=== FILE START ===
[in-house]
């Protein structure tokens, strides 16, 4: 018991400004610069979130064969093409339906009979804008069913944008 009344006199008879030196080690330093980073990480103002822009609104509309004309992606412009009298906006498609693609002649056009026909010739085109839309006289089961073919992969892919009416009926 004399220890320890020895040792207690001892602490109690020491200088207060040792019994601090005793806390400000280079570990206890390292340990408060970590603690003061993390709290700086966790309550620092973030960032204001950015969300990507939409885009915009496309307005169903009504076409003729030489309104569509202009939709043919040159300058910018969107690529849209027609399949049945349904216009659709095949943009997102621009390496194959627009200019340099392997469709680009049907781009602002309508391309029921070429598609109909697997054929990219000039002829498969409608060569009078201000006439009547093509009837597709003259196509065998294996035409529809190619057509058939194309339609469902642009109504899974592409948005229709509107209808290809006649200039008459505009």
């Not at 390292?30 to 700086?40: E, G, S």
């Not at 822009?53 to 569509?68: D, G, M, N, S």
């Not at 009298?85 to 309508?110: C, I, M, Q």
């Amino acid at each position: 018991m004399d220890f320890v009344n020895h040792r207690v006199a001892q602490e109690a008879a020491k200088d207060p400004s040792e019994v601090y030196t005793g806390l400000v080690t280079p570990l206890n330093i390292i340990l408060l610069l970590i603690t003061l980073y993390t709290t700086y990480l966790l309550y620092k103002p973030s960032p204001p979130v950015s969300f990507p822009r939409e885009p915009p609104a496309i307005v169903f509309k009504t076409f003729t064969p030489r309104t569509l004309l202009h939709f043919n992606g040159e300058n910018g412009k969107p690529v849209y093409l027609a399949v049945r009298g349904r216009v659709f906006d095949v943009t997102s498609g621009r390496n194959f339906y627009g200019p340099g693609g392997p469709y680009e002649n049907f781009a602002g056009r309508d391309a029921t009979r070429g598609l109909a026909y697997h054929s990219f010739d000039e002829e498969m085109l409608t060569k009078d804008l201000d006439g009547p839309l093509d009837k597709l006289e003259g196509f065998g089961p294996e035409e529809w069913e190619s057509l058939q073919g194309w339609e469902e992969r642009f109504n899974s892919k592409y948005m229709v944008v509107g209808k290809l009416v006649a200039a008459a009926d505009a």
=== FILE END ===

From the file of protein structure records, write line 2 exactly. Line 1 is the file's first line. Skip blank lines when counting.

């Protein structure tokens, strides 16, 4: 018991400004610069979130064969093409339906009979804008069913944008 009344006199008879030196080690330093980073990480103002822009609104509309004309992606412009009298906006498609693609002649056009026909010739085109839309006289089961073919992969892919009416009926 004399220890320890020895040792207690001892602490109690020491200088207060040792019994601090005793806390400000280079570990206890390292340990408060970590603690003061993390709290700086966790309550620092973030960032204001950015969300990507939409885009915009496309307005169903009504076409003729030489309104569509202009939709043919040159300058910018969107690529849209027609399949049945349904216009659709095949943009997102621009390496194959627009200019340099392997469709680009049907781009602002309508391309029921070429598609109909697997054929990219000039002829498969409608060569009078201000006439009547093509009837597709003259196509065998294996035409529809190619057509058939194309339609469902642009109504899974592409948005229709509107209808290809006649200039008459505009």